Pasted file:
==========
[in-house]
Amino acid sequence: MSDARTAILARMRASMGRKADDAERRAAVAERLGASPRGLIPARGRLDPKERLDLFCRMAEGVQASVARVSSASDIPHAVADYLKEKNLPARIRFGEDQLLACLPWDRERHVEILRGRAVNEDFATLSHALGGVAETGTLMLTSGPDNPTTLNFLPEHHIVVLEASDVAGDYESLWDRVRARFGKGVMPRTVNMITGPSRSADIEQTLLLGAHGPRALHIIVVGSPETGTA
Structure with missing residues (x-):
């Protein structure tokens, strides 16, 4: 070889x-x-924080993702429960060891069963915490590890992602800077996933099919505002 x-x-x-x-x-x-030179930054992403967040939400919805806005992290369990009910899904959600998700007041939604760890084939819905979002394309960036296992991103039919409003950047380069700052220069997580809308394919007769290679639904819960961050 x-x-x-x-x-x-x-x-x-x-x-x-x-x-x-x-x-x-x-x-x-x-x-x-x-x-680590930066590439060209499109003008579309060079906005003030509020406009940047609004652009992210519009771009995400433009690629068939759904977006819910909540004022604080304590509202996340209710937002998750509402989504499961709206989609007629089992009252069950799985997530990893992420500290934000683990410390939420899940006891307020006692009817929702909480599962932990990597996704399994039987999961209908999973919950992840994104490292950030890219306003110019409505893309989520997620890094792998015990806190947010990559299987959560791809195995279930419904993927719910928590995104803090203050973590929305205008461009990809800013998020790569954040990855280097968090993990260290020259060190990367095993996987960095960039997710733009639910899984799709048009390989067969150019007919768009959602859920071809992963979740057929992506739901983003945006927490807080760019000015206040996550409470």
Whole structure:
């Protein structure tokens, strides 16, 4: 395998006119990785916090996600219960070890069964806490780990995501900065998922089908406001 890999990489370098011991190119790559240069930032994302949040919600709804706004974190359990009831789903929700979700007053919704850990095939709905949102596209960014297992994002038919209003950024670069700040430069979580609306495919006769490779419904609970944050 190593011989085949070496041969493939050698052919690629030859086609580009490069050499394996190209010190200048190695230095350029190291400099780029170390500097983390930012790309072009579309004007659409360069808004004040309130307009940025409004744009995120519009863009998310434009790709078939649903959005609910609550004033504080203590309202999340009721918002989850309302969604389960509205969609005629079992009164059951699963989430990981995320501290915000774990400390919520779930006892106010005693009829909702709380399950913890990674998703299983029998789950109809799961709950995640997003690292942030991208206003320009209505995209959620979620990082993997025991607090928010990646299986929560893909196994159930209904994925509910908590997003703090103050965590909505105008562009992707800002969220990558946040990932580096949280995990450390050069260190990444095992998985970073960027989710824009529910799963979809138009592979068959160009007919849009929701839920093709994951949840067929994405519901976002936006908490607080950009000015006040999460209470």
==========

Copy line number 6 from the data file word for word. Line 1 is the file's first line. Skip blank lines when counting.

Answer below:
């Protein structure tokens, strides 16, 4: 395998006119990785916090996600219960070890069964806490780990995501900065998922089908406001 890999990489370098011991190119790559240069930032994302949040919600709804706004974190359990009831789903929700979700007053919704850990095939709905949102596209960014297992994002038919209003950024670069700040430069979580609306495919006769490779419904609970944050 190593011989085949070496041969493939050698052919690629030859086609580009490069050499394996190209010190200048190695230095350029190291400099780029170390500097983390930012790309072009579309004007659409360069808004004040309130307009940025409004744009995120519009863009998310434009790709078939649903959005609910609550004033504080203590309202999340009721918002989850309302969604389960509205969609005629079992009164059951699963989430990981995320501290915000774990400390919520779930006892106010005693009829909702709380399950913890990674998703299983029998789950109809799961709950995640997003690292942030991208206003320009209505995209959620979620990082993997025991607090928010990646299986929560893909196994159930209904994925509910908590997003703090103050965590909505105008562009992707800002969220990558946040990932580096949280995990450390050069260190990444095992998985970073960027989710824009529910799963979809138009592979068959160009007919849009929701839920093709994951949840067929994405519901976002936006908490607080950009000015006040999460209470």